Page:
The DSS has costed the savings which could be gained by restricting benefit, which is currently paid for a year, to six months, forcing the jobless to rely on means-tested income support at an earlier stage.
Unlike income support, unemployment benefit, worth pounds 43.10 a week or pounds 69.70 for a married couple, is paid without any assessment of personal savings.
Peter Lilley, the Secretary of State for Social Security, has argued against the changes. Although ideologically committed to cost-cutting, he believes they would be politically insensitive at a time of rising unemployment. He will stress the political disadvantages of the move, should the Treasury press for instant savings.
Sources describe the review, which ministers believe they can resist, as a routine attempt to offer potential savings in negotiations with Michael Portillo, Chief Secretary to the Treasury, in the forthcoming public spending round.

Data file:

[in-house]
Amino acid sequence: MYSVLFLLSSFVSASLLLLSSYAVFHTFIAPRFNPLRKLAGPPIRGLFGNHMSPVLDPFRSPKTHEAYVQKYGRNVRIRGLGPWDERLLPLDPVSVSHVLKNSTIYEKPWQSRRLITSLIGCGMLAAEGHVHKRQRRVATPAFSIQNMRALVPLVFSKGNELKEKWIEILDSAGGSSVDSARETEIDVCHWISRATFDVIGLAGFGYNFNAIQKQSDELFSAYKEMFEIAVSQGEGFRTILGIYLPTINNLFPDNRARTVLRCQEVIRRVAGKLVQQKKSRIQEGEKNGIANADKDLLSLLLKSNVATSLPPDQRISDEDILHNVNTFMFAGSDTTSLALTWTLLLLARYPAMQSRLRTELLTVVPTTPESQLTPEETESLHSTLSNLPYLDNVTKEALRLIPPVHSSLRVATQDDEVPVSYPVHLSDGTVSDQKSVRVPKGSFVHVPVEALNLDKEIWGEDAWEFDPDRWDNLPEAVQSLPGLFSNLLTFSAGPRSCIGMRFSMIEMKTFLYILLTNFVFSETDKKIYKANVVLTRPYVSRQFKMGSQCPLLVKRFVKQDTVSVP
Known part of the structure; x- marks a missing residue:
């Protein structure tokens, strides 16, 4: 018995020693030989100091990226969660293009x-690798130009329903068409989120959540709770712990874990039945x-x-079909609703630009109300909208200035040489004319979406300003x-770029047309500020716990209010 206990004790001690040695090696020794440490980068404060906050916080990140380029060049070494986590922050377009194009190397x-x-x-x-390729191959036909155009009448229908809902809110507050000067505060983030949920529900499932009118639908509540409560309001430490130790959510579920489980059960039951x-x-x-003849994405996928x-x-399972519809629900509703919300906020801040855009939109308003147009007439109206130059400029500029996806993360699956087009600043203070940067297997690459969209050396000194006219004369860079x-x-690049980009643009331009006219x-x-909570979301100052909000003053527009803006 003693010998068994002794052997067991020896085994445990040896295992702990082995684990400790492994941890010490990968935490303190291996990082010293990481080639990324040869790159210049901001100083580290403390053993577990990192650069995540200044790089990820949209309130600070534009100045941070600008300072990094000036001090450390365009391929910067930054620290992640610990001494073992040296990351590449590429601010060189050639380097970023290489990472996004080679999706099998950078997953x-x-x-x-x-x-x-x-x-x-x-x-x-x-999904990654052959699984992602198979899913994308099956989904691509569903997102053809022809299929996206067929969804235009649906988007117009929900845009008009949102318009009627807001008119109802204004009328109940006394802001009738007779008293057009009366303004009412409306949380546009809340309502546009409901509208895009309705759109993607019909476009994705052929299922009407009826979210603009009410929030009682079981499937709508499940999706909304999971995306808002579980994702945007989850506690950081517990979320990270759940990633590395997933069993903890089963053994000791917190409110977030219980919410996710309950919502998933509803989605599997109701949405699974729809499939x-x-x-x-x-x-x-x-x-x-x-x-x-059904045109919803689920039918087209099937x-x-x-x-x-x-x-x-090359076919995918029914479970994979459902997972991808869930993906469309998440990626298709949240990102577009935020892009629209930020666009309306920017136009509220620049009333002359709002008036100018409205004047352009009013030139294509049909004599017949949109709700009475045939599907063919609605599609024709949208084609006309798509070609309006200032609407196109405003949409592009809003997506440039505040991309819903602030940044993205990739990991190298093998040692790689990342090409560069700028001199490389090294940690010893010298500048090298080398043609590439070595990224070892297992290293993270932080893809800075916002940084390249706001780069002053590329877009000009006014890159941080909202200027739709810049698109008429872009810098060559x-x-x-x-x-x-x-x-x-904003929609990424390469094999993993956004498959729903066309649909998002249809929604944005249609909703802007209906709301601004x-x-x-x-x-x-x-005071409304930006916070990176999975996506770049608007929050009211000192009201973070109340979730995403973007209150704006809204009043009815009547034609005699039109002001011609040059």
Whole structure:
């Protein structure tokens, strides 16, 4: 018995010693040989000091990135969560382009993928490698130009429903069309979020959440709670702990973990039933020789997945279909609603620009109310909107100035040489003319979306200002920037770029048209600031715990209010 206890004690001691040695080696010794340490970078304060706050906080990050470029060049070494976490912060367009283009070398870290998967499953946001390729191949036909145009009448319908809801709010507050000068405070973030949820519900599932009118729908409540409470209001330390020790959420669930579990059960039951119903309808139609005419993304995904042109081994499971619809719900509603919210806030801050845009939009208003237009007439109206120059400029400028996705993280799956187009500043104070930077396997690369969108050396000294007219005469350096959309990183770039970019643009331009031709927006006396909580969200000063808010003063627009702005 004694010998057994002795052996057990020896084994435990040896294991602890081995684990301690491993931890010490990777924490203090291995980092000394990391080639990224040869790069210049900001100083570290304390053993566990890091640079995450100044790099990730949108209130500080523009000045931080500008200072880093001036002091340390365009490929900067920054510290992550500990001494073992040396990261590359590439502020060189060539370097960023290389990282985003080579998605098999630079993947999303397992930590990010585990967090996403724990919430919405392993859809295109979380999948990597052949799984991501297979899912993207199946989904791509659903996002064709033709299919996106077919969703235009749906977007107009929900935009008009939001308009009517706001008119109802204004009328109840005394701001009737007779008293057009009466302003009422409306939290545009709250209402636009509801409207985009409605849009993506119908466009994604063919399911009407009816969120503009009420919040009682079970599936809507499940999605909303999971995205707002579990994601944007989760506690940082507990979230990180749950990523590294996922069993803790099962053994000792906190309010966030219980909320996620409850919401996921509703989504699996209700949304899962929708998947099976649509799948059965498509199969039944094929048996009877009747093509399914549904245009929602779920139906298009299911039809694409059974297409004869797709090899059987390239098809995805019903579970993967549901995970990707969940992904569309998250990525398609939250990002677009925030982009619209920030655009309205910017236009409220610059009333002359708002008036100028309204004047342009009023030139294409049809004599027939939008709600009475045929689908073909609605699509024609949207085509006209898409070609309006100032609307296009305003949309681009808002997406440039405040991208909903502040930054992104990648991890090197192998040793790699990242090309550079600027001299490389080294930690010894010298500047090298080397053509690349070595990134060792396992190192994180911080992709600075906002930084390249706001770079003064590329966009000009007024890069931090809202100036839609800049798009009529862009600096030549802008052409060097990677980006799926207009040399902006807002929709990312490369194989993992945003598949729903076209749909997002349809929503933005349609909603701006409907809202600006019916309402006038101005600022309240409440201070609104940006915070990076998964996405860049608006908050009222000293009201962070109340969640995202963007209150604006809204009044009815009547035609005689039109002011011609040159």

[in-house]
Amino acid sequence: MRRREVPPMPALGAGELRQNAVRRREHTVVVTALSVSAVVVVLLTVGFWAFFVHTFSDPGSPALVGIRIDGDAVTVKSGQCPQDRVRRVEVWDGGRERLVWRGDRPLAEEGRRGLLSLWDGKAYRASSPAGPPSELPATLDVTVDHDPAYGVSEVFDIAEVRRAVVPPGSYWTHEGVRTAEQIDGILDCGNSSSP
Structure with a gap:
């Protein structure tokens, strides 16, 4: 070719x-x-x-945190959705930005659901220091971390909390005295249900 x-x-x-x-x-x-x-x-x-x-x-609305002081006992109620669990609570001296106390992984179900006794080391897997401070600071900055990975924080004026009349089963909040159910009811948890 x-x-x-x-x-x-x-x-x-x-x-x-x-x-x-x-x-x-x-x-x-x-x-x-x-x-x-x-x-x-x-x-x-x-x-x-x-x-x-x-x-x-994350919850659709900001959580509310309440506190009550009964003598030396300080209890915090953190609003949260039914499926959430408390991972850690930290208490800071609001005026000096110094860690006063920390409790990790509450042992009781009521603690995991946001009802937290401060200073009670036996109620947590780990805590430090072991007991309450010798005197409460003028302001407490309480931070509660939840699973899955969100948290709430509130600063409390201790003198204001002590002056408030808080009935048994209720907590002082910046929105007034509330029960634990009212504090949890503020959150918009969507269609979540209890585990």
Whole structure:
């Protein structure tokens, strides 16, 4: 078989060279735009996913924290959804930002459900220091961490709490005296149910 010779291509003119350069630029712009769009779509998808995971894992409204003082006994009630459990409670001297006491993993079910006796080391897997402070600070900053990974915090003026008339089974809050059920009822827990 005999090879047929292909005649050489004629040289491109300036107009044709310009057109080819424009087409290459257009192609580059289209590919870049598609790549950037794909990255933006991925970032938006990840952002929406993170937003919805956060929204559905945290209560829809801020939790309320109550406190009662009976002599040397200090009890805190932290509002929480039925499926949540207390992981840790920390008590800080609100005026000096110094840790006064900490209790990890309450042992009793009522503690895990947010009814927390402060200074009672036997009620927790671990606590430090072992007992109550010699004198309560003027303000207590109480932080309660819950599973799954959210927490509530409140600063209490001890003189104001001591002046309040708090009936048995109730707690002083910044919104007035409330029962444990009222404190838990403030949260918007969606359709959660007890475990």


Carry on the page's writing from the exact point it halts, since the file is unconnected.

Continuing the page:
The review has been prompted by the DSS's difficulty in offering obvious budget cuts. Most benefits are uprated annually and the Conservative Party manifesto promised to maintain and index- link child benefit.
Taxing child benefit has also been rejected. Ministers believe that, with non-working wives now taxed separately from husbands, the savings would be insufficient to justify the political outcry.
Ministers are reviewing arrangements for payments under the youth training schemes. They also face problems providing enough places for those young people who need them. At present 16-year-olds not in training cannot claim benefit.